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John Santerineross is an artist who does not like to be classified or categorized. He prefers to let the viewer decide and define. He was named "the world's leading neo-symbolist photographer of our time" in the December 2007 issue of PROFIFOTO, Germanys leading photography magazine. His unique style and content have inspired an entire new generation of artists. His complex aesthetic is derived from a mix of his exposure to Catholicism and Santeria and by his fascination with Greek mythology, world religions and iconography.
John Santerineross' first book, Fruit of the Secret God, introduced his powerful images to the world in 1999. His second monograph entitled Dream, was published in October of 2004. This commanding book is considered by many to be the definitive example of contemporary neo symbolist photography. It is an exploration of John's dream imagery and iconography through the use of the photographic medium.
John never elucidates his imagery for fear of limiting viewers’ personal interpretation. He is influenced by the early symbolists’ belief that “the creation of a mood is as important as the transmission of information, (it must also) seek to engage the entire mind and personality of the viewer by appealing to the viewer’s emotions and unconscious mind, as well as to their intellect”.
Throughout John’s artistic career, his refusal to be limited by any one medium has lead him to master multiple artistic disciplines; he has been a ceramist, sculptor, painter, and mixed media artist. He has recently delved into the world of moving images and has already directed several short art films including “Child, Doll or Bone” which captures the beauty and intimacy of a cutter’s compulsion and “Destin”, the story of a young girl questioning her ability to avoid her tragic fate. At this very moment, Santerineross is in the preproduction phase of a powerful, warped tale of a doll maker entitled “Ningyoushi”. Santerineross’ uncompromising integrity, ethics and belief in freedom of expression continues to show even now through his avant-garde photographic images and films.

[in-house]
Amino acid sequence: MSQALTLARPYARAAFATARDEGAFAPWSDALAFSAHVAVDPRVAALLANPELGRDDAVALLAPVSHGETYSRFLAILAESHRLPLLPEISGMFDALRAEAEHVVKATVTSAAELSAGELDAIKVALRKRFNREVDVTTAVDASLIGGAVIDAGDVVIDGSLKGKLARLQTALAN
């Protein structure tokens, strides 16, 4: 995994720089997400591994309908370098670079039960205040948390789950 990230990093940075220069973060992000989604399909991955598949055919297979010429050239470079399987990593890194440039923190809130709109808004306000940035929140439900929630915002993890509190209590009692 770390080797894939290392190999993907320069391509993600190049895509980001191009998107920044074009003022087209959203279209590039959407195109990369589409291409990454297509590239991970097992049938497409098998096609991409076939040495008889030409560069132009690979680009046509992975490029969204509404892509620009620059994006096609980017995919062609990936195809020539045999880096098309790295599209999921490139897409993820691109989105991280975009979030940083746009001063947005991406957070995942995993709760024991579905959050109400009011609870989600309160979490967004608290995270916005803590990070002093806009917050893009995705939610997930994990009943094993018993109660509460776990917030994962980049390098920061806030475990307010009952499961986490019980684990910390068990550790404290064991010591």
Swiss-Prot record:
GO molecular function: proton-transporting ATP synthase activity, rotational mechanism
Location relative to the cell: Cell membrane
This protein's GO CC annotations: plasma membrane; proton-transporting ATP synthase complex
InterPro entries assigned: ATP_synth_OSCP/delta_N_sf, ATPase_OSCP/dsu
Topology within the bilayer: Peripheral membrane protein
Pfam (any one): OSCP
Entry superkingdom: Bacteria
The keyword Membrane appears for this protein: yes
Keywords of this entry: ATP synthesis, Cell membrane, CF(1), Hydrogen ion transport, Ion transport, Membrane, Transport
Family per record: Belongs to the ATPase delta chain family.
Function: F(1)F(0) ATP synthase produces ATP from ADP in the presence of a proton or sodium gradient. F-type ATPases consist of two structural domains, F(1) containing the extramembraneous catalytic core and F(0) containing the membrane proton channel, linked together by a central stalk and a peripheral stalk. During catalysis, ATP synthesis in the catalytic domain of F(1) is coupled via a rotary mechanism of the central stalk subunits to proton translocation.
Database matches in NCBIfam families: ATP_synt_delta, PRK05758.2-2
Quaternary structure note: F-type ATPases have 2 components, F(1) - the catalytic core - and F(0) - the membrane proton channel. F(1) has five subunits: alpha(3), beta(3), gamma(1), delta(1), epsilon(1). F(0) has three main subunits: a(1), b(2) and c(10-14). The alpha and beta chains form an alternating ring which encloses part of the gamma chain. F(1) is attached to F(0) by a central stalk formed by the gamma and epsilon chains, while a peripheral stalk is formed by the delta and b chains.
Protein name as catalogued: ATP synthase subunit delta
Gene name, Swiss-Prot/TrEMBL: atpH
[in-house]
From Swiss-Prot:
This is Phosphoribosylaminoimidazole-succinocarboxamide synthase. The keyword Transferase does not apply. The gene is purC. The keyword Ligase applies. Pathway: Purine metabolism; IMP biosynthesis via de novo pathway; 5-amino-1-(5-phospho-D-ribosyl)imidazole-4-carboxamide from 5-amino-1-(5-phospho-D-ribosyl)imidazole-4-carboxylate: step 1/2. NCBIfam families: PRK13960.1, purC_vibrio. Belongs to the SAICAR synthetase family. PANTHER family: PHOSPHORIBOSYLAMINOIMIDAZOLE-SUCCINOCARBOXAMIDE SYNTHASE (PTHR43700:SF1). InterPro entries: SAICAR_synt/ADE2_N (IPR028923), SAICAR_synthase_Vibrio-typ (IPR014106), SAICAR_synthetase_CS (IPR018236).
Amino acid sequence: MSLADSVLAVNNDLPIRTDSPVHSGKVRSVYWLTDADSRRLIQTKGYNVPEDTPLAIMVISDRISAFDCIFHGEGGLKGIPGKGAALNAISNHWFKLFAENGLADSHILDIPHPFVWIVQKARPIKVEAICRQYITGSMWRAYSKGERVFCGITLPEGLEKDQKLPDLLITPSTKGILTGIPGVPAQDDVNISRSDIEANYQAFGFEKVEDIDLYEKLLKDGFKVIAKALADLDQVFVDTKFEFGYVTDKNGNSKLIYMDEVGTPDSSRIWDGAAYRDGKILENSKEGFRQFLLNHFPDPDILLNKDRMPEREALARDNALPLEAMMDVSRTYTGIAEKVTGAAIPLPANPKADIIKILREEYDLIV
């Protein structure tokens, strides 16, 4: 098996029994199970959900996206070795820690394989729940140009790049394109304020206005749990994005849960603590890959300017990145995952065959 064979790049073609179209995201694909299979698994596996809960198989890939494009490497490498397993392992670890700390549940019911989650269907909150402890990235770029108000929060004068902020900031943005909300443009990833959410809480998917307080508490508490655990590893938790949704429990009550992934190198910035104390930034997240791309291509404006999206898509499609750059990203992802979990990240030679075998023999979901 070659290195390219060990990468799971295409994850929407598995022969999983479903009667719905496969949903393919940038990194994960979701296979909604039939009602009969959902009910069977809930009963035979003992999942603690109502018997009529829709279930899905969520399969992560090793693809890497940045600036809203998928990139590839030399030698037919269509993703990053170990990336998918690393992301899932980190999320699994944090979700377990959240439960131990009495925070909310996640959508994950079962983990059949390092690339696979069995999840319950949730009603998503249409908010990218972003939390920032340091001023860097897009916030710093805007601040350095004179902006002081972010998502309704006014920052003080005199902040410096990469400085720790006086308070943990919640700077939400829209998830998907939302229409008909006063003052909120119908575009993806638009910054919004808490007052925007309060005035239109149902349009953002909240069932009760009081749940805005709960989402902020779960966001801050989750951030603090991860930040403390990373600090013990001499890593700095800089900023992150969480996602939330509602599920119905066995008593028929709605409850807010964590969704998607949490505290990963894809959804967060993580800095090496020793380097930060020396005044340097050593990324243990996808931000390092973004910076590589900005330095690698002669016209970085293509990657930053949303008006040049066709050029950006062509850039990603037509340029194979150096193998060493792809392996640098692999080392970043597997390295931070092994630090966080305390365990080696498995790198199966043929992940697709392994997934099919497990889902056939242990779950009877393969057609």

Unlike many of John’s contemporaries, his use of digital manipulation is extremely limited. 95% of what you see in the photograph was on the set that day. All blurs or distortions are created by either the model moving at his instruction or objects that are moving in the set by means of a variety of intricate motors, wires and mobiles. Due to the complexity of his images, John only shoots approximately 12 images a year, which makes every one of them extremely significant and personal.
It is his commitment, integrity, passion and dedication that cause many admirers to consider him to be one of the most influential image-makers of this generation.